The Denali Commission (Commission) is an independent federal agency based on an innovative federal-state partnership designed to provide critical utilities, infrastructure and support for economic development and training in Alaska by delivering federal services in the most cost-effective manner possible. The Commission was created in 1998 with passage of the October 21, 1998 Denali Commission Act (Act) (Title III of Pub. L. 105-277, 42 U.S.C. 3121). The Act requires that the Commission develop proposed work plans for future spending and that the annual Work Plan be published in the Federal Register, providing an opportunity for a 30-day period of public review and written comment. This Federal Register notice serves to announce the 30-day opportunity for public comment on the Denali Commission Draft Work Plan for Federal Fiscal Year 2013 (FY2013).
Comments and related material to be received by December 11, 2012.
Submit comments to the Denali Commission, Attention: Sabrina Hoppas, 510 L Street, Suite 410, Anchorage, AK 99501.
FOR FURTHER INFORMATION CONTACT:
Ms. Sabrina Hoppas, Denali Commission, 510 L Street, Suite 410, Anchorage, AK 99501. Telephone: (907) 271-1414. Email: email@example.com.
Background: The Denali Commission (Commission) is an independent federal agency based on an innovative federal-state partnership designed to provide critical utilities, infrastructure and support for economic development and training in Alaska by delivering federal services in the most cost-effective manner possible. The Commission was created in 1998 with passage of the October 21, 1998, Denali Commission Act (Act) (Title III of Pub. L. 105-277, 42 U.S.C. 3121).
The Commission's mission is to partner with tribal, federal, state, and local governments and collaborate with all Alaskans to improve the effectiveness and efficiency of government services, to develop a well-trained labor force employed in a diversified and sustainable economy, and to build and ensure the operation and maintenance of Alaska's basic infrastructure.
By creating the Commission, Congress mandated that all parties involved partner together to find new and innovative solutions to the unique infrastructure and economic development challenges in America's most remote communities.
Pursuant to the Act, the Commission determines its own basic operating principles and funding criteria on an annual federal fiscal year (October 1 to September 30) basis. The Commission outlines these priorities and funding recommendations in an annual Work Plan. The Work Plan is adopted on an annual basis in the following manner, which occurs sequentially as listed:
- Project proposals are solicited from local government and other entities.
- Commissioners forward a draft version of the Work Plan to the Federal Co-Chair.
- The Federal Co-Chair approves the draft Work Plan for publication in the Federal Register providing an opportunity for a 30-day period of public review and written comment. During this time, the draft Work Plan is also disseminated widely to Commission program partners including, but not limited to, the Bureau of Indian Affairs (BIA), the Economic Development Administration (EDA), and the United States Department of Agriculture—Rural Development (USDA-RD).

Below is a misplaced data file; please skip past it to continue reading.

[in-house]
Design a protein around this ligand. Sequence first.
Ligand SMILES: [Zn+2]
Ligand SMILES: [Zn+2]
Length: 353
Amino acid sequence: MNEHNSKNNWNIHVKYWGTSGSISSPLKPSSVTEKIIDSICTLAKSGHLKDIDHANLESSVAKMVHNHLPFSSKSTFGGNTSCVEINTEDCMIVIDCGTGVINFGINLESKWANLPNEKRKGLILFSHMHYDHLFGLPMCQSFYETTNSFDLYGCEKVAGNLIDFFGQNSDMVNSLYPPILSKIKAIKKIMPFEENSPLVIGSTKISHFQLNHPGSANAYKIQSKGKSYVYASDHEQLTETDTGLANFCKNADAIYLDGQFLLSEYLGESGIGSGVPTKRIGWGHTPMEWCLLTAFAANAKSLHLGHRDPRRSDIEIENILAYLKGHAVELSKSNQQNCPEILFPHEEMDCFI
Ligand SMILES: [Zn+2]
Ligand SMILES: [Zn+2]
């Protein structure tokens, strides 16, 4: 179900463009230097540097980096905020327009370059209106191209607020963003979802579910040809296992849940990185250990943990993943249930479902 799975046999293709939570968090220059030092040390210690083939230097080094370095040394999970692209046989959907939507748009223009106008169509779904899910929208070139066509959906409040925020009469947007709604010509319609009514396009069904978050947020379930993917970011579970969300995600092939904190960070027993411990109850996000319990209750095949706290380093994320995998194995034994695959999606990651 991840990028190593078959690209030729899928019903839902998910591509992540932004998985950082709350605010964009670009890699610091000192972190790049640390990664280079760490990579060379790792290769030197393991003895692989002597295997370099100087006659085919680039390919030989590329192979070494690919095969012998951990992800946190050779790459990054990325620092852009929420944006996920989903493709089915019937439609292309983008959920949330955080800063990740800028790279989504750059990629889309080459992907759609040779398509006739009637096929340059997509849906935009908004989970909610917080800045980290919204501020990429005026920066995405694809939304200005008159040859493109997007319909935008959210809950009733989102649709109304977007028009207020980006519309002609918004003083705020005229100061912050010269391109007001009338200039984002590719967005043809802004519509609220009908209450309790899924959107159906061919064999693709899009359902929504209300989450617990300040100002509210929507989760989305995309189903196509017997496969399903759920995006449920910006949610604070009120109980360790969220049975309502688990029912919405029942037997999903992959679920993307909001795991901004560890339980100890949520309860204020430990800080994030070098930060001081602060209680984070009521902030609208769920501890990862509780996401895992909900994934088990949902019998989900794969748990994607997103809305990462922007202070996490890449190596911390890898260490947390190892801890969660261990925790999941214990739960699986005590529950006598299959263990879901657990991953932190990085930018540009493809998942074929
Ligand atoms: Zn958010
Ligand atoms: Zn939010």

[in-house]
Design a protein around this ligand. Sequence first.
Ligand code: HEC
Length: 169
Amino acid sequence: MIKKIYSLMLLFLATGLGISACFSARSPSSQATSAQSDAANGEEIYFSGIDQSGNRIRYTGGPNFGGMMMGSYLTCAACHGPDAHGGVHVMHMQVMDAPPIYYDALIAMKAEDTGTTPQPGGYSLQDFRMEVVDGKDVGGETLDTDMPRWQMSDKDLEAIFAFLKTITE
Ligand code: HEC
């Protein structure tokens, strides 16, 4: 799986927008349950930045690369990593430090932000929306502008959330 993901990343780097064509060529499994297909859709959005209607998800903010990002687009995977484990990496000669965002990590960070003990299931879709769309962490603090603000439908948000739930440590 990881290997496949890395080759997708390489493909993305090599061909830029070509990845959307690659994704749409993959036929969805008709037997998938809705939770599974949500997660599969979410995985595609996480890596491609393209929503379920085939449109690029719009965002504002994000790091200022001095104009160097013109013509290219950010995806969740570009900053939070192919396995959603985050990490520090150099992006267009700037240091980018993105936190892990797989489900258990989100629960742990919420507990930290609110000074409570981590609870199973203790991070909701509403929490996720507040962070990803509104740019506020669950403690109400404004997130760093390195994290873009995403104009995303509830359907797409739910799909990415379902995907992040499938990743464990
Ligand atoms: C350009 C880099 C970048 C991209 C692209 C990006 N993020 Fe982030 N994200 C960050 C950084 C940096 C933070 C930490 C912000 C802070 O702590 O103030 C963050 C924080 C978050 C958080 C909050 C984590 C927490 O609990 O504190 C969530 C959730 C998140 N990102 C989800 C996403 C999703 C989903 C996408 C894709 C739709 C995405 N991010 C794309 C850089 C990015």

- Public comment concludes and Commission staff provides the Federal Co-Chair with a summary of public comment and recommendations, if any, associated with the draft Work Plan.
- If no revisions are made to the draft, the Federal Co-Chair provides notice of approval of the Work Plan to the Commissioners, and forwards the Work Plan to the Secretary of Commerce for approval; or, if there are revisions the Federal Co- Chair provides notice of modifications to the Commissioners for their consideration and approval, and upon receipt of approval from Commissioners, forwards the Work Plan to the Secretary of Commerce for approval.
- The Secretary of Commerce approves the Work Plan.
- The Federal Co-Chair then approves grants and contracts based upon the approved Work Plan.
FY 2013 Appropriations Summary
The Commission has historically received federal funding from several sources.
These fund sources are governed by the following general principles:
- In FY 2013 no project specific direction was provided by Congress.
- The Energy and Water Appropriation is eligible for use in all programs.
- Certain appropriations are restricted in their usage. Where restrictions apply, the funds may be used only for specific program purposes.
- Final appropriation funds received may be reduced due to Congressional action, rescissions by the Office of Management and Budget, and other federal agency action. Final program available figures may not be provided until later in FY2013.
- All Energy and Water Appropriation funds, including operating funds, designated as “up to” may be reassigned to other programs, if they are not fully expended in a program component area or a specific project.
- Total FY 2013 Budgetary Resources provided: These are the figures that appear in the rows entitled “FY 2013 Appropriation” and are the original appropriations amounts which do not include Commission operating funds. These funds are identified by their source name (i.e., Energy and Water Appropriation, USDA-RUS, etc.). The grand total for all appropriations appears at the end of the FY 2013 Funding Table.